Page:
We arrived in Mumbai on September 21st and the trip from Delhi to here was just as hectic as life here as been so far. I didn’t know what to expect from Mumbai, but while going to my guest house from the airport, the rain steadily falling, it invoked some strong emotions. It was sensory overload. The traffic, the people, the smells, the crowded streets were too much to handle at the onset. But as the days go by, and the sun shines, the city looks and feels completely different. I am more comfortable with getting around, my primary accomplishment being mastering the local Mumbai trains, feeling a sense of familiarity in the sights and sounds and general awareness of where I am and what I’m doing. I don’t yet completely feel like I’m a part of the community, but finding, and moving into, our apartment was a huge step in that direction. Now I hope to set down some roots and begin exploring my neighborhood, meet some locals and bargain like I’ve lived here my whole life!
Apart from settling down in the city, I’ve also started working for the Government of India’s Office of the Advisor to the Prime Minister (a mouthful, I know!). I’ll be working on India’s National Skills Development Initiative, a daunting task to say the least. The goal is to “skill” roughly 500 million people by 2022 so that India can become more globally competitive and provide formal employment for the majority of its population. This initiative is a public-private partnership, so there are leaders from industry, academia, civil society, as well as the government, involved in seeing this task to completion. My exact contribution to this mammoth undertaking has yet to be determined, but I have been enjoying my time reading up on what is being done so far. I’ve participated in meeting with the ITI task force, for the lack of a better term, which aims to provide all ITIs with a Standard Operating Procedure handbook, so that all ITIs will become more successful in skilling more people to keep up with domestic and global demands. I’m looking forward to attending many more such meetings and developing my own project.
So, while I’ve only been in Mumbai for a short amount of time, I wanted to share some observations/comments (apologies if they are redundant):
- Brutal honesty- I’m used to political correctness, so much so that I sometimes brutal honesty is hard to swallow. For example, when I gave my landlady my picture for our lease, she said “oh dear, what happened to you?” meaning why did I look so crappy in the picture. But then she turned around and said I looked good in my “office” clothes, go figure!
- Lunch sharing culture- it seems as though everyone in all offices across India bring food from home and share it with the people in their office. This concept is so novel to me, I’m used to getting my food and eating at my desk while I work! It’s refreshing to take an hour for lunch sharing your thoughts over home-cooked food.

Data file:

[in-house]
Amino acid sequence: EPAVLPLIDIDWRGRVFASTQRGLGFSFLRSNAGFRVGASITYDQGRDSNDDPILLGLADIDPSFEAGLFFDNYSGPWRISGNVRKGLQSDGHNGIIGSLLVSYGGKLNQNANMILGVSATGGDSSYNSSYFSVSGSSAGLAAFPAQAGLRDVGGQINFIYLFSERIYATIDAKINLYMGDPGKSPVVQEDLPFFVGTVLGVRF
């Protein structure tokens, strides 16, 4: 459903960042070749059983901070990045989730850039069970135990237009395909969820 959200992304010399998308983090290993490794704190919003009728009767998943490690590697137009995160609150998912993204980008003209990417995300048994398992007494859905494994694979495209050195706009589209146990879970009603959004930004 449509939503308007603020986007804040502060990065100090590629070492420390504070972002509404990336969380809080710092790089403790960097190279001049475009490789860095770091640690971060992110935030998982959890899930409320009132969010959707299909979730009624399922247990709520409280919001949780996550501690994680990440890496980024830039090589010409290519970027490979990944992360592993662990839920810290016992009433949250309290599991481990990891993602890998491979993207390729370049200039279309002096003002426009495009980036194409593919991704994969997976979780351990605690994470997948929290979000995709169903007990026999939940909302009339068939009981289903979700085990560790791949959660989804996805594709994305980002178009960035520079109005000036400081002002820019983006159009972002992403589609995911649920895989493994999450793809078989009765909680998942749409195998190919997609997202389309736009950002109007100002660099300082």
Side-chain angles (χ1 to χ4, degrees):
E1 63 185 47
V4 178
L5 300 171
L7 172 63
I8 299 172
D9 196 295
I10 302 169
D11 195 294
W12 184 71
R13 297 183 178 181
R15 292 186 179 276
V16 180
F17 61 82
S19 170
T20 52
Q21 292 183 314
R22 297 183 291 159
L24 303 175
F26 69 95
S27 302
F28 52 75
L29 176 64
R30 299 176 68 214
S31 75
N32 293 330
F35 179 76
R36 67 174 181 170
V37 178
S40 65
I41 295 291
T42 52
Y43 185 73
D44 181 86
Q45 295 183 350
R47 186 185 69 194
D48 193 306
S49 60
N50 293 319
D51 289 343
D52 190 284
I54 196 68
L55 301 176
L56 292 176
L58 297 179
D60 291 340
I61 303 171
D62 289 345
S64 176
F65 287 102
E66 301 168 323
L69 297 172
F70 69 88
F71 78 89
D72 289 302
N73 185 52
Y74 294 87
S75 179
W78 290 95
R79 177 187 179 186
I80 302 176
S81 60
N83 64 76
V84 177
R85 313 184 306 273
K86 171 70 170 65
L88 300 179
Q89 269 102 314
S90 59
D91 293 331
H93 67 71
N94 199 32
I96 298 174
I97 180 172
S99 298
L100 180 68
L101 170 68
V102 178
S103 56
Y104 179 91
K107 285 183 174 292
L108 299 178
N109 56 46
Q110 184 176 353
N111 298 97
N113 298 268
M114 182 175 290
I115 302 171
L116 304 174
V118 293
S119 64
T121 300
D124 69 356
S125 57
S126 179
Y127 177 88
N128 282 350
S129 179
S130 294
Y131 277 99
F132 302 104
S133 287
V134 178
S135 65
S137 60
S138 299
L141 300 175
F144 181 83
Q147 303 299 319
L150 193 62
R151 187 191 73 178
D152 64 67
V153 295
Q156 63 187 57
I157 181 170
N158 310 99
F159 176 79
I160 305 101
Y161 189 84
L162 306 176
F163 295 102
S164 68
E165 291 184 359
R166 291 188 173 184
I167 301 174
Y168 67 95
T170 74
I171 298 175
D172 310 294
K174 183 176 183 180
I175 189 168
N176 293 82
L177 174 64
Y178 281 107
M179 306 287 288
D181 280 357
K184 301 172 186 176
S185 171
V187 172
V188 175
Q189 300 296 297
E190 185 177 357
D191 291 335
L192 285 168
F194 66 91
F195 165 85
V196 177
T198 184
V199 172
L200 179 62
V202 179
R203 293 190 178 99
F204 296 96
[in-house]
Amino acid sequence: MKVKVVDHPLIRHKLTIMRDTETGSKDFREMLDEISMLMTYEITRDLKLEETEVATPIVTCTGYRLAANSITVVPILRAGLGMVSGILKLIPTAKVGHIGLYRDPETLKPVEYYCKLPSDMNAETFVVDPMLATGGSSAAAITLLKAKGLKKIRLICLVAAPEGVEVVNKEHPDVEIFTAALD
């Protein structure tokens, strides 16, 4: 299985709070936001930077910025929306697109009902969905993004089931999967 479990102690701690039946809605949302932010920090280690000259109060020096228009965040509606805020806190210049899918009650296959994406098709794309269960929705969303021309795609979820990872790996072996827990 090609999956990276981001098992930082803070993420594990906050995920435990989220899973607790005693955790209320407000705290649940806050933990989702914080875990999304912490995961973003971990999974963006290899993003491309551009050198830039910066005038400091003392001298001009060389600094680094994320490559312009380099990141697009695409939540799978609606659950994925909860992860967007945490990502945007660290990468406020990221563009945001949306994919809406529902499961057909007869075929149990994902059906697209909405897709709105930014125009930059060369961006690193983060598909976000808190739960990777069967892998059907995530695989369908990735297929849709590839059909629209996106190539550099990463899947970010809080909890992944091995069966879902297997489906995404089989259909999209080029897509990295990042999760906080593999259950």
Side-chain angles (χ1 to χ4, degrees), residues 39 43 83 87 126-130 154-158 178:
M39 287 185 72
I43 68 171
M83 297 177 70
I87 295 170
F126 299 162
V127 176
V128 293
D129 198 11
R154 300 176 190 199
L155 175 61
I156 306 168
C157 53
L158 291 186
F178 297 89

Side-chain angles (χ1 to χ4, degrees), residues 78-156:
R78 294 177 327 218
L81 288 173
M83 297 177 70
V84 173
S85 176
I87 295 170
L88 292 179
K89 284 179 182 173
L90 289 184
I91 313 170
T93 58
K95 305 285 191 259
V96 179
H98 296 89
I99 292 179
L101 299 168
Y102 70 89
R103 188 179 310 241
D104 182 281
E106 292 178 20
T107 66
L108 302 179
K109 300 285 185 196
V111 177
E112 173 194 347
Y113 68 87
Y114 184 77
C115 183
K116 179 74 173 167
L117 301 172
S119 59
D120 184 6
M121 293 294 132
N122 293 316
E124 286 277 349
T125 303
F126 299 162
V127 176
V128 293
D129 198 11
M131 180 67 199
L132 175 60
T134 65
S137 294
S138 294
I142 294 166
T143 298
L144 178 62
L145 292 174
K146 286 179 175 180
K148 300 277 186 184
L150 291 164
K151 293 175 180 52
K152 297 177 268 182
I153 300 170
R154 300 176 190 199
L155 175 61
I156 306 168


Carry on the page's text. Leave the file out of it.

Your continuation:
- Local Trains- the local trains in Mumbai aren’t as bad as most pictures would have you believe, as long as you don’t mind the occasional, or not so occasional, invasion of personal space. If you’re standing by the door be prepared to answer what stop you’re getting off at, and if it isn’t the next stop, then be prepared to be asked to move back.
- Taxi drivers- sometimes taxi drivers have more insight on how things run in India than you’d think. I was taking a taxi from Lower Parel to Bandra (about 45 minutes driving time) and the taxi driver was telling me why he thought corruption is worse in Mumbai now than it was in the 80s (with regard to the police, specifically). He said that in the 80s, the police force was recruited from all over India, or at least people from outside the locality worked in the station, but now the police are from the locality itself, so personal bonds are created which fosters corruption. I’m not sure if it’s true, but it’s definitely worth thinking about.
- Peons- people in the workplace are totally comfortable calling others “peons” as a designation. I am very uncomfortable when someone tells me to “get the peon to do that” because firstly, I’m not used to addressing anyone as a peon, and secondly, I’m used to doing some administrative work on my own (such as copying or faxing) and not delegating it to someone else.
- Huge newspaper readership- print newspapers are becoming semi-obsolete in the U.S. so it’s nice to see everyone, from the shop owner to the autowalla, gather at a tea stall to read the paper.
- Madam- I still can’t get used to someone calling me madam all the time, from the doorman to the security guards at work, they are all used to this archaic hierarchical system where everyone has to be addressed a certain way.
- Opinion of Obama- people are always asking me what I think of Obama and the economy in the U.S., I guess they want to know if he’s to blame for the current state of affairs in the U.S.
I’ll stop with these for now, but I’m sure I’ll collect more along the way.